Although a number of sources of sample engagement language for various types of engagements are readily available, the engagement letter for each type of engagement should be reviewed by competent legal counsel. All too often a CPA may "cut and paste" together an engagement letter that may not comply with the law of the state in which the CPA practices.

Defending Against Claims

Perhaps the most compelling argument for the use of engagement letters across all types of engagements is to examine how the lack of an engagement letter can affect a CPA's litigation posture in defending against a negligence or breach of contract claim. Information culled from insurance claims data, case law, and state board disciplinary hearings illustrate several situations in which the lack of a written engagement letter presumably had a negative effect upon the CPA's defense:

Example 1--Misunderstanding as to the Nature and Scope of Services to Be Provided. At a pre-acceptance conference, a CPA and prospective client discussed a number of services the CPA could provide. The CPA indicated these services included an audit, review, and compilation. The CPA left the meeting convinced he had agreed to provide his new client with a compilation engagement. The CPA did not remember to provide his new client with an engagement letter for him to sign.

After a problem with the engagement surfaced, the former client sued his accountant. At trial, the former client testified that his recollection of the pre-acceptance conference was that the CPA had agreed to perform a review engagement.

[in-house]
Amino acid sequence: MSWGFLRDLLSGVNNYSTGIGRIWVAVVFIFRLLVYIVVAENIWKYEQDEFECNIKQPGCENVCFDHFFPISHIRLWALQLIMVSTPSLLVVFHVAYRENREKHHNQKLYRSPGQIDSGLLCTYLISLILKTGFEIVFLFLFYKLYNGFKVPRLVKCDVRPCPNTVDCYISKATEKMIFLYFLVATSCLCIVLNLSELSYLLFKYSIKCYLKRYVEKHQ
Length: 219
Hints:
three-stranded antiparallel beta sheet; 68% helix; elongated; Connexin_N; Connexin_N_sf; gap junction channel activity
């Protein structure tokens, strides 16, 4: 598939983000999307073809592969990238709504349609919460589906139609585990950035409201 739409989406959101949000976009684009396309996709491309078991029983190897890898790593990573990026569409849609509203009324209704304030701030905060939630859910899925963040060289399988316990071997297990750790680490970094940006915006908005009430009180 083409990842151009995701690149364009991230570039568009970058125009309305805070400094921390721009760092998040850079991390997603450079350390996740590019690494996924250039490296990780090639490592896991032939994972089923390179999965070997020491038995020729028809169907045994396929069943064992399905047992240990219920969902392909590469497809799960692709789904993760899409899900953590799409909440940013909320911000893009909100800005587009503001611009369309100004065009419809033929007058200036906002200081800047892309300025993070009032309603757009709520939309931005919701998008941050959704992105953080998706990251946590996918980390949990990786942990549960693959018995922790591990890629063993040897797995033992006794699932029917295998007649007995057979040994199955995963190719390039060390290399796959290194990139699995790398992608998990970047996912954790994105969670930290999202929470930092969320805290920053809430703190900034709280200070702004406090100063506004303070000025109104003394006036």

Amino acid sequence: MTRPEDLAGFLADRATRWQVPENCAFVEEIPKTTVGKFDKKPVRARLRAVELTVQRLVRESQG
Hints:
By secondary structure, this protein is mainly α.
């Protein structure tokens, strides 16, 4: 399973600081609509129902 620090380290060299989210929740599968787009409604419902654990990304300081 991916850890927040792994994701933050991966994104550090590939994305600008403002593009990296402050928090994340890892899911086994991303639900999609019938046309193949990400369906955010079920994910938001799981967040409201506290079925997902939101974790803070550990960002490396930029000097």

In the jury trial that ensued, the CPA discovered--much to his surprise--that, absent a written agreement, conflicting testimony regarding the scope and nature of services to be rendered in an engagement is a question of fact to be decided by the jury.

Example 2--Misunderstanding as to Who Should Perform Certain Services. A client met with her CPA and attorney to set up an S Corporation. At the meeting, the client anticipated the S Corporation would lose approximately $400,000 in its first year of operations. The CPA assured her that, if properly structured, the S Corporation could provide her with a $400,000 loss pass-through.

Unfortunately, after the meeting, the attorney thought the CPA would make the S election while the CPA thought the attorney had agreed to make the election.

The following year, the client discovered the S election for her new corporation had not been filed. Due to the client's inability to use the loss pass-through, the client did not have enough Federal income tax withheld resulting in substantial interest and penalties.

The former client sued both her attorney and CPA.

Example 3--Misunderstanding Concerning Termination of the Engagement. A CPA agreed to provide consulting services along with other accounting services to his client. A number of years later, the client became dissatisfied with certain aspects of the consulting engagement.

The former client sued his accountant for negligence and breach of contract. No engagement letter existed indicating the termination date of the consulting engagement. The former client alleged in court that because the engagement had not ended, the statute of limitations had not begun, and thus the negligence and breach of contract actions had been brought within the applicable statute of limitations. *

Bruce M. Bird, JD, CPA, is a professor and Steve Busby, CPA, an associate professor, both at the State University of West Georgia. Steven M. Platau, JD, CPA, is an associate professor and chairman at the University of Tampa.

Douglas R. Carmichael, PhD,
Baruch College